Though I’d consider us to be reasonably cultured when it comes to music, art and literature, I will admit that there is a gaping hole in our knowledge and experience of the theatre. It’s not that we’ve disliked or failed to enjoy anything we’ve seen, it’s just an area of the arts that has never quite captivated us enough to draw us in as regular theatre goers. Except, whilst in Cheltenham in early January, we spotted a poster.
I picked up the handbill and pointed the names of the actors to my Hero. Who’d have thought that our favourite circus clown Tweedy would be a star in “the most significant play of the 20th Century”? Neither of us had ever seen Waiting for Godot and we agreed that this could be a good opportunity. When we looked at our diaries, went to the booking website and discovered that all the tickets for last night were £15 each, it was a no brainer. We snagged the last two tickets in the back row of the stalls, booked a pre-theatre supper at Bills opposite and looked forward to a night out.
No surprise that it was a full house last evening, then, and funny that we encountered several friends and acquaintances too. Are they all regular theatre goers or were they, like us, drawn in by cheap tickets and a clown?
The Sunday Times quote on the handbill: “Go and see Waiting for Godot. At the worst you will discover a curiosity, a four-leaved clover, a black tulip; at the best, something that will securely lodge in a corner of your mind for as long as you live.”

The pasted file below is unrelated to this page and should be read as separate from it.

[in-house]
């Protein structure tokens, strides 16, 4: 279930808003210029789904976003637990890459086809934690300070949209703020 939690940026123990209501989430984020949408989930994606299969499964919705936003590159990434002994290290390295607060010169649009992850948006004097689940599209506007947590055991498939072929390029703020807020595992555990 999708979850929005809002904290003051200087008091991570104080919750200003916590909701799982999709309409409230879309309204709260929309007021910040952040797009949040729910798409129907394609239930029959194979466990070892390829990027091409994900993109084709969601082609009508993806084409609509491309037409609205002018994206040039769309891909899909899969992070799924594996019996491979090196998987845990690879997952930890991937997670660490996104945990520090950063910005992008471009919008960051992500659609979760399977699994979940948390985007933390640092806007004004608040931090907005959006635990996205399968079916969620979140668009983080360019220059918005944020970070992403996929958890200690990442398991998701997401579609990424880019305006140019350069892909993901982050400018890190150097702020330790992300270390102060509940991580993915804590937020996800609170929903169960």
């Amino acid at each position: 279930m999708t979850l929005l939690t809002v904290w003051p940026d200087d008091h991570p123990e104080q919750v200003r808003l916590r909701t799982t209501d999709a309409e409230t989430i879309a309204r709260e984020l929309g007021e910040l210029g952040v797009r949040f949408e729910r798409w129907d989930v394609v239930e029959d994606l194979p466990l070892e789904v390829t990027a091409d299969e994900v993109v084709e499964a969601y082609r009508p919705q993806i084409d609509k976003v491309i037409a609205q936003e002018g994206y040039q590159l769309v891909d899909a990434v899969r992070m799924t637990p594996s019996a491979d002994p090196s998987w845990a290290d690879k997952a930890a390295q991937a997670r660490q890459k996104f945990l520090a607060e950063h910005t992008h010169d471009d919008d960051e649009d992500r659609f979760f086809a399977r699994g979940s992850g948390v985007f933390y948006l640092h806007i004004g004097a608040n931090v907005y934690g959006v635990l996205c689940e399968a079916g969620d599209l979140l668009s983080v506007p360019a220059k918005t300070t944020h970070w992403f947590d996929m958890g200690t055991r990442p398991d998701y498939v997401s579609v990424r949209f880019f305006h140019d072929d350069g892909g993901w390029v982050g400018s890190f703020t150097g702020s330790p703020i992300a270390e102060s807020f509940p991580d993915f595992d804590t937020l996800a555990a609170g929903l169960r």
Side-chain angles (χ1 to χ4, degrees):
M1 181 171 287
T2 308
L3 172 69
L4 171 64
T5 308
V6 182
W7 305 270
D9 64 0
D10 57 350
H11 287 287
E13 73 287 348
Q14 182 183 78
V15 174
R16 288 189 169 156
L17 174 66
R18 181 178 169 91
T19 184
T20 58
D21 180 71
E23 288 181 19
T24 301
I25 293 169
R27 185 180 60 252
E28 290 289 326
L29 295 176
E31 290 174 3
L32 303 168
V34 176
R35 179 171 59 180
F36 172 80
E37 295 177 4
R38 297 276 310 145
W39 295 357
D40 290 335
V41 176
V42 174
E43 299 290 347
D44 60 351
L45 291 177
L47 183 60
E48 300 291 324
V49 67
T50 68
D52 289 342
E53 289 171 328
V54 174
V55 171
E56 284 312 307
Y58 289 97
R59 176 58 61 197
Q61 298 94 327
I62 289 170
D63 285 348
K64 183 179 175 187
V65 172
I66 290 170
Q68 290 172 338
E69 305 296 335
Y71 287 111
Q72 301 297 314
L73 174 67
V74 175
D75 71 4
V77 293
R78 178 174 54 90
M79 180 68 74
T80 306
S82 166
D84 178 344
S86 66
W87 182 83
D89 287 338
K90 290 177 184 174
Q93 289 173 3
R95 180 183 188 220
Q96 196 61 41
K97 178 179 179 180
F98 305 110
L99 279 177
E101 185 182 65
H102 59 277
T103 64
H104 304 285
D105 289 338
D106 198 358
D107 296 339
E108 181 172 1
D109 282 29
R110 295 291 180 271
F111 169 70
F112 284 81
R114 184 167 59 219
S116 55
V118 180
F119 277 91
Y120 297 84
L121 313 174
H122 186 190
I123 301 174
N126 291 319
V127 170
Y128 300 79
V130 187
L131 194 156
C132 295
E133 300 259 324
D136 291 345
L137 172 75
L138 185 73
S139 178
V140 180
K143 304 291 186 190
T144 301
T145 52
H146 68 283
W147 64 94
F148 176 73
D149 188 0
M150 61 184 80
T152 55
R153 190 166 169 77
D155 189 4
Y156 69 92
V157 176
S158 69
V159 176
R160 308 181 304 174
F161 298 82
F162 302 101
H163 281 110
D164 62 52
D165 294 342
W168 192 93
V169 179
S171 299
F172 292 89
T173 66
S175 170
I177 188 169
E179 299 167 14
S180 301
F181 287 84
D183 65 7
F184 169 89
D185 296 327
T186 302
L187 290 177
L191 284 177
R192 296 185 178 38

Well, yes. Whilst the acting was terrific - how on earth do those two characters remember all of those lines, deliver them so well and keep the whole thing going for two and a quarter hours? There’s no doubt that Tweedy is a superbly agile performer and his co-star Jeremy Stockwell proved equally talented in that respect - I hadn’t realised there was quite so much clowning around in what I had assumed to be a serious play.
But it does go on. And on. We were a well behaved and mostly very attentive audience, though at one point in the second act I noticed my Hero’s eyes had closed and the sixth formers in front of us were starting to get a bit fidgety.
Yes, it was certainly very clever; the writing was brilliant and the plot…well, suffice to say that although we were quite relieved when the curtain came down at the end, we are still talking about it. From time to time one of us will share a thought that’s been niggling away for a while, so clearly, The Sunday Times is correct about it lodging in a corner of our minds. Yes, the experience will probably stay with us too! But do we need to see it again? Probably not. Not even in French.
Best of all, we didn’t have to go back to school and write an essay about it.